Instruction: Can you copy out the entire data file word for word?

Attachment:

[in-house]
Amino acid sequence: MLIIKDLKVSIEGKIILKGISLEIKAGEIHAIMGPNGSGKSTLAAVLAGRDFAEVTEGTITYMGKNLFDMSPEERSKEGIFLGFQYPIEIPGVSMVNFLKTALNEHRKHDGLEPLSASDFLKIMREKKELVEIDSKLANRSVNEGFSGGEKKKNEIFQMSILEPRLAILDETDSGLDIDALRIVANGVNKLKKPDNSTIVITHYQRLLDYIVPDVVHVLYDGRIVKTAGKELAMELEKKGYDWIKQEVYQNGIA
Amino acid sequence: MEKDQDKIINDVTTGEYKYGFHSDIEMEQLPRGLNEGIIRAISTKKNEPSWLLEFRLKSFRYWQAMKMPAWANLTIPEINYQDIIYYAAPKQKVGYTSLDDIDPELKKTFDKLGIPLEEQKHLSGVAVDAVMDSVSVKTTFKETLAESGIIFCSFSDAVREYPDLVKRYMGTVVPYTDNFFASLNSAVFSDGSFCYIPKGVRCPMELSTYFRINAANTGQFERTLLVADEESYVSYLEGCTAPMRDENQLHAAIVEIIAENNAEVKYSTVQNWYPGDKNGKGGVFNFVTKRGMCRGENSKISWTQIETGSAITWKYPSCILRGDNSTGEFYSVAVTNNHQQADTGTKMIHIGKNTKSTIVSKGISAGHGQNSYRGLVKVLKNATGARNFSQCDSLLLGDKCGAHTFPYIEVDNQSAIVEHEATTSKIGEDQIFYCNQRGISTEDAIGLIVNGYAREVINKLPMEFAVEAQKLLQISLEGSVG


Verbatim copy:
[in-house]
Amino acid sequence: MLIIKDLKVSIEGKIILKGISLEIKAGEIHAIMGPNGSGKSTLAAVLAGRDFAEVTEGTITYMGKNLFDMSPEERSKEGIFLGFQYPIEIPGVSMVNFLKTALNEHRKHDGLEPLSASDFLKIMREKKELVEIDSKLANRSVNEGFSGGEKKKNEIFQMSILEPRLAILDETDSGLDIDALRIVANGVNKLKKPDNSTIVITHYQRLLDYIVPDVVHVLYDGRIVKTAGKELAMELEKKGYDWIKQEVYQNGIA
Amino acid sequence: MEKDQDKIINDVTTGEYKYGFHSDIEMEQLPRGLNEGIIRAISTKKNEPSWLLEFRLKSFRYWQAMKMPAWANLTIPEINYQDIIYYAAPKQKVGYTSLDDIDPELKKTFDKLGIPLEEQKHLSGVAVDAVMDSVSVKTTFKETLAESGIIFCSFSDAVREYPDLVKRYMGTVVPYTDNFFASLNSAVFSDGSFCYIPKGVRCPMELSTYFRINAANTGQFERTLLVADEESYVSYLEGCTAPMRDENQLHAAIVEIIAENNAEVKYSTVQNWYPGDKNGKGGVFNFVTKRGMCRGENSKISWTQIETGSAITWKYPSCILRGDNSTGEFYSVAVTNNHQQADTGTKMIHIGKNTKSTIVSKGISAGHGQNSYRGLVKVLKNATGARNFSQCDSLLLGDKCGAHTFPYIEVDNQSAIVEHEATTSKIGEDQIFYCNQRGISTEDAIGLIVNGYAREVINKLPMEFAVEAQKLLQISLEGSVG